Former student senator Marquise McMiller Wednesday pushed Florida A&M’s SGA to fund a late-night shuttle service to off-campus apartment complexes for students.
McMiller,19, a second-year political science student from Gary, Ind., defended the merits of the “Rattler’s Venom Guard” before the crowded senate chambers, a feat, he said, showed the willingness of students to get involved. The “Venom Guard” would cost $42,000 and include buying a van and paying a driver this semester to shuttle students from “The Set” to distant apartments from 11p.m. to 4 a.m. The bill is supposed to take effect Feb. 1.
“Seeing that we have a 24-hour Commons area; we have legislation to now come forth for a 24-hour library; shouldn’t we make sure and ensure that our students can get home safely?” McMiller asked student senators. “You’re sitting on $752,700; the student body is asking you to spend $42,000 to provide this service for the rest of the semester for them. They elected you to represent them.”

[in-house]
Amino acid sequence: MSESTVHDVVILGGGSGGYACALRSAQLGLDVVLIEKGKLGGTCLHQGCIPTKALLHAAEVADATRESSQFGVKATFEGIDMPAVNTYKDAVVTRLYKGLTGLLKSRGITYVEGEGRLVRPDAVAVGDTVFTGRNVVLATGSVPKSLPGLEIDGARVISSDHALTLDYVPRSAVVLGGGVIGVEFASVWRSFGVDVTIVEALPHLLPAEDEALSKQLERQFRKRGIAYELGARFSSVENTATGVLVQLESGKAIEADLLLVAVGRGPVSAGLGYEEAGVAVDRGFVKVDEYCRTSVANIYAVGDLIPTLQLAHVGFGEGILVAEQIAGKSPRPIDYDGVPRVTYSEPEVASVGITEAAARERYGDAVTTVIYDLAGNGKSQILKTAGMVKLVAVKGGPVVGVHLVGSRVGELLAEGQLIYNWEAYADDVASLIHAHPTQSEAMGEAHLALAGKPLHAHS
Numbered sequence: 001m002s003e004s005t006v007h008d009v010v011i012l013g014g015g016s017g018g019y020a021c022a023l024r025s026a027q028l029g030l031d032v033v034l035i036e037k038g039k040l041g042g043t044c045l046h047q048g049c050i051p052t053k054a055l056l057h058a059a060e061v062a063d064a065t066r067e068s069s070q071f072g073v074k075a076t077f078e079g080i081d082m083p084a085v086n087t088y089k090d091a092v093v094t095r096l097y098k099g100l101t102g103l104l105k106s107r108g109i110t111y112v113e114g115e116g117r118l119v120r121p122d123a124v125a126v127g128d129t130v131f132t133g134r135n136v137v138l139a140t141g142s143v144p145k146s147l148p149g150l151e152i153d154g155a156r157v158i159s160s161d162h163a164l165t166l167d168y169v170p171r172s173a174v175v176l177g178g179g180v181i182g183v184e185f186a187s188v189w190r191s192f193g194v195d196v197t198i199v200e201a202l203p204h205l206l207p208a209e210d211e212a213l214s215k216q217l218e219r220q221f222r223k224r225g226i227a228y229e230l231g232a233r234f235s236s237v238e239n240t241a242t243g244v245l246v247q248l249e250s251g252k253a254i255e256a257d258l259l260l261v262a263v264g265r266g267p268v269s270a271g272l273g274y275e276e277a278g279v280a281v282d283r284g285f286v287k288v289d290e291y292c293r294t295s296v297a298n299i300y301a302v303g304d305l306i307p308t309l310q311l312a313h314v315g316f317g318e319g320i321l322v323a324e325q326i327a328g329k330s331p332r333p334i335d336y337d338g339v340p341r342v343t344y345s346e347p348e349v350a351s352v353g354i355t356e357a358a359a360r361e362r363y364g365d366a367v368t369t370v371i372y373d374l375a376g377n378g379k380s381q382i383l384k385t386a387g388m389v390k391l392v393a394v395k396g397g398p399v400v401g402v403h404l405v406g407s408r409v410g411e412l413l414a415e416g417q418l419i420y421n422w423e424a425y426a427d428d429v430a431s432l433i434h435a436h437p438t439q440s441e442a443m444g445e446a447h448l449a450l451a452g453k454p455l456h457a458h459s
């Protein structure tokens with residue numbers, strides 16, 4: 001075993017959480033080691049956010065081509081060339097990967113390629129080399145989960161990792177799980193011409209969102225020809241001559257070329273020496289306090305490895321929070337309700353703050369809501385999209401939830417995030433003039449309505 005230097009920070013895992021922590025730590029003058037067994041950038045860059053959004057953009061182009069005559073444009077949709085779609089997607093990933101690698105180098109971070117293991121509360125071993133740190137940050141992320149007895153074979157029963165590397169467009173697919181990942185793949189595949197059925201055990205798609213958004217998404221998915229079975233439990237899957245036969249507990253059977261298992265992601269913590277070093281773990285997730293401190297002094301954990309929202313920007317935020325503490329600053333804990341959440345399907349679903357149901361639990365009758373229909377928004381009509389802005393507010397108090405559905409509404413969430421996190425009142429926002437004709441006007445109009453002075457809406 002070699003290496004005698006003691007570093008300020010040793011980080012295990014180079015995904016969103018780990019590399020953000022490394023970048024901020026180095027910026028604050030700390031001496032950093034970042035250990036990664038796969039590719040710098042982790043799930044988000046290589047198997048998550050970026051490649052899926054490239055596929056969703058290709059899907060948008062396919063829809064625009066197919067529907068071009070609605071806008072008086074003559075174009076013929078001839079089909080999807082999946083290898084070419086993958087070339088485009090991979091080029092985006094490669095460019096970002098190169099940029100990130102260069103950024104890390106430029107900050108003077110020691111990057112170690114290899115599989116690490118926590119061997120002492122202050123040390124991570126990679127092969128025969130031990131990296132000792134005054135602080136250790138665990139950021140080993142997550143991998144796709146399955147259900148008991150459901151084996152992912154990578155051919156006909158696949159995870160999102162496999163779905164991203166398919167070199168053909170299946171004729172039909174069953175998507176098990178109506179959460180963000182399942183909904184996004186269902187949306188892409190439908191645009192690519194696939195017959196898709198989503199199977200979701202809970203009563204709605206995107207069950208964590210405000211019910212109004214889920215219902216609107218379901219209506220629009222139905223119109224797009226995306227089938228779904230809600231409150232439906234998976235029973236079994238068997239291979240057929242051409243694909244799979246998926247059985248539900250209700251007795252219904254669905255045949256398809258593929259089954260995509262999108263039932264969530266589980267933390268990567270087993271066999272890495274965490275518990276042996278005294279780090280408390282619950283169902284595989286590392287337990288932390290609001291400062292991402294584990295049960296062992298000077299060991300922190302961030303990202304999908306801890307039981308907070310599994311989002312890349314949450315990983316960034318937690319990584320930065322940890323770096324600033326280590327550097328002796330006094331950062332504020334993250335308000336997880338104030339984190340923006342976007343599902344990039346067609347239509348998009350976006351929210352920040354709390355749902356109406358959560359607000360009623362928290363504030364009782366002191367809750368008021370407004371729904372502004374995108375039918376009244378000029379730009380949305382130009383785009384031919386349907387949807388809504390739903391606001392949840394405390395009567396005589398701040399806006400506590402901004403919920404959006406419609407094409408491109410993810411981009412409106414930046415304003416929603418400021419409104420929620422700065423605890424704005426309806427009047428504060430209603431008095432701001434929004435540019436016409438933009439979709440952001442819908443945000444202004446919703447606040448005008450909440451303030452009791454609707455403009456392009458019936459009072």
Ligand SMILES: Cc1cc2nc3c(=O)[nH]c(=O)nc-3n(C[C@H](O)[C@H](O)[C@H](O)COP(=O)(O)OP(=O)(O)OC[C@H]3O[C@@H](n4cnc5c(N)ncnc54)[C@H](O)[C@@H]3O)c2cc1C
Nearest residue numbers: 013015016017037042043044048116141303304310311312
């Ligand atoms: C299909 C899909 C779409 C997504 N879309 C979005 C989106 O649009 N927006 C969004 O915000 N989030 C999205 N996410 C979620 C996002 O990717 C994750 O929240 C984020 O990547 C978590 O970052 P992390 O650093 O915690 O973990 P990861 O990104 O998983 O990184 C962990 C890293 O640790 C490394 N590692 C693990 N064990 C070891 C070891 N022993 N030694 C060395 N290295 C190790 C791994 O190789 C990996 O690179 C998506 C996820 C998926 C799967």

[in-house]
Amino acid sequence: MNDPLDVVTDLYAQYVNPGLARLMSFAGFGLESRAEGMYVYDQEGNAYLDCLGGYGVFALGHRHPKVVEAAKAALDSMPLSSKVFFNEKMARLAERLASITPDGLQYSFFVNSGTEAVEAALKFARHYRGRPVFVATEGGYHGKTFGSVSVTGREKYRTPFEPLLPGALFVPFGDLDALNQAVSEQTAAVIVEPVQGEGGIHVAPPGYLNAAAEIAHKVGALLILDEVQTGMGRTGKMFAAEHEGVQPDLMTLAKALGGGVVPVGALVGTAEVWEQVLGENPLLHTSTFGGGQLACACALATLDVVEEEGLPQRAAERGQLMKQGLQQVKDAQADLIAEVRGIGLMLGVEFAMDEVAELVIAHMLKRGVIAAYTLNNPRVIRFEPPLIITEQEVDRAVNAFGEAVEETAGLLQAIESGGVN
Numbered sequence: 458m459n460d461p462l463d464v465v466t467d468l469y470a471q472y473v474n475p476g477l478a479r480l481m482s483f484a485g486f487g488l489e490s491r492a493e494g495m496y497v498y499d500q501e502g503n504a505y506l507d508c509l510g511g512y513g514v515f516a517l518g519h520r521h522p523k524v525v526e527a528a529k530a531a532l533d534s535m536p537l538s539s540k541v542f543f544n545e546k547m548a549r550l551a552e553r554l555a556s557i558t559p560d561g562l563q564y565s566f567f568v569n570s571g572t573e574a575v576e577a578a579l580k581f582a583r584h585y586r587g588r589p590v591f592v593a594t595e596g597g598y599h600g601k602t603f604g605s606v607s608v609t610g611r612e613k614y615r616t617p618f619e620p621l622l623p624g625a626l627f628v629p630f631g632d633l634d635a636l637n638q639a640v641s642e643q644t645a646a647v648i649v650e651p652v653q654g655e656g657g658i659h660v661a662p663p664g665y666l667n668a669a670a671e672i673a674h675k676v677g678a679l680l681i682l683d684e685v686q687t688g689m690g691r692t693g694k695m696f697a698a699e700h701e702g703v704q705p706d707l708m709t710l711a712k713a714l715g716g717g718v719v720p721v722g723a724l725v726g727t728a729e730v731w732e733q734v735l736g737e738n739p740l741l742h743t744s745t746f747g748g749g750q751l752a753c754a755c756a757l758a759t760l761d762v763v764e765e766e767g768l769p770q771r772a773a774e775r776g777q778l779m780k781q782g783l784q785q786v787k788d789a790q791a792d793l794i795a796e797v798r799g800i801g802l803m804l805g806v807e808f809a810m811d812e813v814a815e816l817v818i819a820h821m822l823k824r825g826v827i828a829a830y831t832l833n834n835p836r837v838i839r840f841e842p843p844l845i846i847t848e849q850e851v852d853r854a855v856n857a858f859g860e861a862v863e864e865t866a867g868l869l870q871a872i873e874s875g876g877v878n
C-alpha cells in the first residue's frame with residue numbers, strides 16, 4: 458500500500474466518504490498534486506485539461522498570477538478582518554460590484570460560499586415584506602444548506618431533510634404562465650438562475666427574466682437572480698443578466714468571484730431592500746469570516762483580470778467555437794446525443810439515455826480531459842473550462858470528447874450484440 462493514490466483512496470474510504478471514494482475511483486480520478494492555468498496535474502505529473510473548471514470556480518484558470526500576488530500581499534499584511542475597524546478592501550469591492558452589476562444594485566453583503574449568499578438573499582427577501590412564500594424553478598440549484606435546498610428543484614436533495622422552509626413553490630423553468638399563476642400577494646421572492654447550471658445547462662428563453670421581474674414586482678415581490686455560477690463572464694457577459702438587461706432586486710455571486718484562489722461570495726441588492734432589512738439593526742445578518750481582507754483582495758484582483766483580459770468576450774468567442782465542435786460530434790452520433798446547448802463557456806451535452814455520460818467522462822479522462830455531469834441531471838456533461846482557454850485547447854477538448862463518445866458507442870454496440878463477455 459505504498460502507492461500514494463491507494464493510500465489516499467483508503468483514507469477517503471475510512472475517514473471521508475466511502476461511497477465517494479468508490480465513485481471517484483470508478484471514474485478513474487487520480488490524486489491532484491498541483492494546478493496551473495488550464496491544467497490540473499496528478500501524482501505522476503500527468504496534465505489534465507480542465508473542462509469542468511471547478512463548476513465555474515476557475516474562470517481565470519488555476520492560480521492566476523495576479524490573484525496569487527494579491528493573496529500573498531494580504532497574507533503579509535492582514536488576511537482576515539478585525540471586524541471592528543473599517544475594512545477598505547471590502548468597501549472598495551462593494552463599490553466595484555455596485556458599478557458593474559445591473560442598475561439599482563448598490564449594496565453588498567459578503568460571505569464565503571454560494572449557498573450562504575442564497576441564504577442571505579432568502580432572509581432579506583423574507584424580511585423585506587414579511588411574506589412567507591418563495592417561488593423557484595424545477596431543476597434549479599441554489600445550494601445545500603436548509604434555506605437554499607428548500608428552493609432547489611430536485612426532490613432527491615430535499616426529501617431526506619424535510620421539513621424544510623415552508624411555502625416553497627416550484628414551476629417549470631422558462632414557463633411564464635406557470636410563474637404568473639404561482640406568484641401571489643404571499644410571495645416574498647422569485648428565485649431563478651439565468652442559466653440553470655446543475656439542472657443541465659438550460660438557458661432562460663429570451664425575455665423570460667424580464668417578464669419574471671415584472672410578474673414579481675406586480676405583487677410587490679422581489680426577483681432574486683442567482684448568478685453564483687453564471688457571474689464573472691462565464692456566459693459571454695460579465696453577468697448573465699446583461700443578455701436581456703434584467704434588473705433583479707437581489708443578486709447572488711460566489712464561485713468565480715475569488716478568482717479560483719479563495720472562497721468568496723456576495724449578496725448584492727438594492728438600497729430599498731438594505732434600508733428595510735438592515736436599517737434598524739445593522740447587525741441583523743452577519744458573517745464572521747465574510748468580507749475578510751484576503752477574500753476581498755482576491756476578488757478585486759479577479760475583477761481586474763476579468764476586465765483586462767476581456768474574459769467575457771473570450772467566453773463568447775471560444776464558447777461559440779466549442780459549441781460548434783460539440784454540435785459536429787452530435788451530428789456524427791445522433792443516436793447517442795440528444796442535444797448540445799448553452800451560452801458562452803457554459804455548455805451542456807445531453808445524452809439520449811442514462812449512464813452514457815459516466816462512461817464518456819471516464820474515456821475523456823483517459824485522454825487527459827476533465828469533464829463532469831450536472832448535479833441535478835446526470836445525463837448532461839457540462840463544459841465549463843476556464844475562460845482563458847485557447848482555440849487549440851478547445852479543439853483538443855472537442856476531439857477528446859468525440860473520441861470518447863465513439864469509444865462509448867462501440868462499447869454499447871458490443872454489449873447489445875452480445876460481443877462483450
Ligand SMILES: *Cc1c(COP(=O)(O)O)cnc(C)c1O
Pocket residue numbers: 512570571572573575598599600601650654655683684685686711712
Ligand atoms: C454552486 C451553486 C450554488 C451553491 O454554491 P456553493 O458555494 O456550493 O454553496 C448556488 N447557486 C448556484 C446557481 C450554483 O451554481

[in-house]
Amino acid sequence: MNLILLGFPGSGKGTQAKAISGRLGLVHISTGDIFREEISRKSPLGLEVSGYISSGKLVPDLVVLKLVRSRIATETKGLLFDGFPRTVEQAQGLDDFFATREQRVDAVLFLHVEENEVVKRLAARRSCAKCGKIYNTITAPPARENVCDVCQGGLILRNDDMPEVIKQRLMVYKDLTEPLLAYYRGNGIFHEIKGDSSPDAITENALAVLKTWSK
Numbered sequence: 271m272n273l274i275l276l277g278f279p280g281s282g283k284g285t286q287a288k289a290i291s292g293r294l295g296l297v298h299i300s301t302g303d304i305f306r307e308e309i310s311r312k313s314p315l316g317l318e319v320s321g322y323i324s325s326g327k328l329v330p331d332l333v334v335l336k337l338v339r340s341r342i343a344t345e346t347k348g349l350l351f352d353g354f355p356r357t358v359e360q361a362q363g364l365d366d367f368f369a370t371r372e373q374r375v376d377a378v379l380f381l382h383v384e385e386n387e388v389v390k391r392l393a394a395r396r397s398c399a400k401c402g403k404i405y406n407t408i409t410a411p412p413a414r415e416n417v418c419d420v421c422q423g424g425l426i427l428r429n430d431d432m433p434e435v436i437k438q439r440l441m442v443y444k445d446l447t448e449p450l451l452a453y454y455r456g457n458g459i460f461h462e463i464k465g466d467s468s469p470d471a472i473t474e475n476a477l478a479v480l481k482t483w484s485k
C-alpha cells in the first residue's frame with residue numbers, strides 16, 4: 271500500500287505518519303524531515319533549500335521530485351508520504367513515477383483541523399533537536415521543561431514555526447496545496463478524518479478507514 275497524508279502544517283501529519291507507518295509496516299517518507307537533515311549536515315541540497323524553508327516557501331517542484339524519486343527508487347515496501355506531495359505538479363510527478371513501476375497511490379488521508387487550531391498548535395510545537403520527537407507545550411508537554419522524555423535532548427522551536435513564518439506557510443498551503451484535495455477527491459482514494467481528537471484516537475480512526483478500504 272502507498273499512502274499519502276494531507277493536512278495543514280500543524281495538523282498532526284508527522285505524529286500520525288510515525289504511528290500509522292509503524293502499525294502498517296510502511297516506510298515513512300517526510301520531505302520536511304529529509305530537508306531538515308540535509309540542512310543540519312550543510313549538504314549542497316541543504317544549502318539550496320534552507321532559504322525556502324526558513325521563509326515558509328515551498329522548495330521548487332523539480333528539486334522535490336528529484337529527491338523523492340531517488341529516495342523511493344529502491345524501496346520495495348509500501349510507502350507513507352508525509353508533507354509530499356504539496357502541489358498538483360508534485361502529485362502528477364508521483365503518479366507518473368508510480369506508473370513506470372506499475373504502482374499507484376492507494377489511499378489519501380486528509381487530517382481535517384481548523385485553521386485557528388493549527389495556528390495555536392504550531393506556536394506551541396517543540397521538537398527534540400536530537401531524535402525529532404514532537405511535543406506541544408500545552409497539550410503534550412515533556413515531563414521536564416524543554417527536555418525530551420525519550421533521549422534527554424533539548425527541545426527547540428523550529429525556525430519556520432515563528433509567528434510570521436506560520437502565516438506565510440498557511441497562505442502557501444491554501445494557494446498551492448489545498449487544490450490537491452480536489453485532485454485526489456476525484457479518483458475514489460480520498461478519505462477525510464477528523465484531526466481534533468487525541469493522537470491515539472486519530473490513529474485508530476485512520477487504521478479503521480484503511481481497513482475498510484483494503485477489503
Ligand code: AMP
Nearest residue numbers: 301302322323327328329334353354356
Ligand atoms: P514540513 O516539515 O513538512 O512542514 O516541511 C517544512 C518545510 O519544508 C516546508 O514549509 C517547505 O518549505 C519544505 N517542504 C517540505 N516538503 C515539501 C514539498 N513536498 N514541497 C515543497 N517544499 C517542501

Michael Jefferson, 20, a third-year environmental science student from Indianapolis, who also serves as the chief of staff for SGA said that although he is not opposed to the bill, there are things that people aren’t factoring in.
“A lot of the different apartment complexes already have those shuttles, so it’s a very risky thing,” said Jefferson. “One of the things a lot of people don’t factor into this is insurance, the different risks that the university and student government would have to assume and just how heady and unsustainable the cost would be.”
Attorney General for SGA Darryl Gordon said that students must give student government time to get the job done.
“Everything is a process… but you guys have to give us time. We are people and we can only do so much,” said Gordon, 20, a third-year political science student from Sanford, Fla.
McMiller said that he would be leaving for the military, and would be disappointed if the bill didn’t pass but he is sure the student body will step in. “They better pass that bill because if they don’t vote the right way, the students are going to vote the right way,” said McMiller.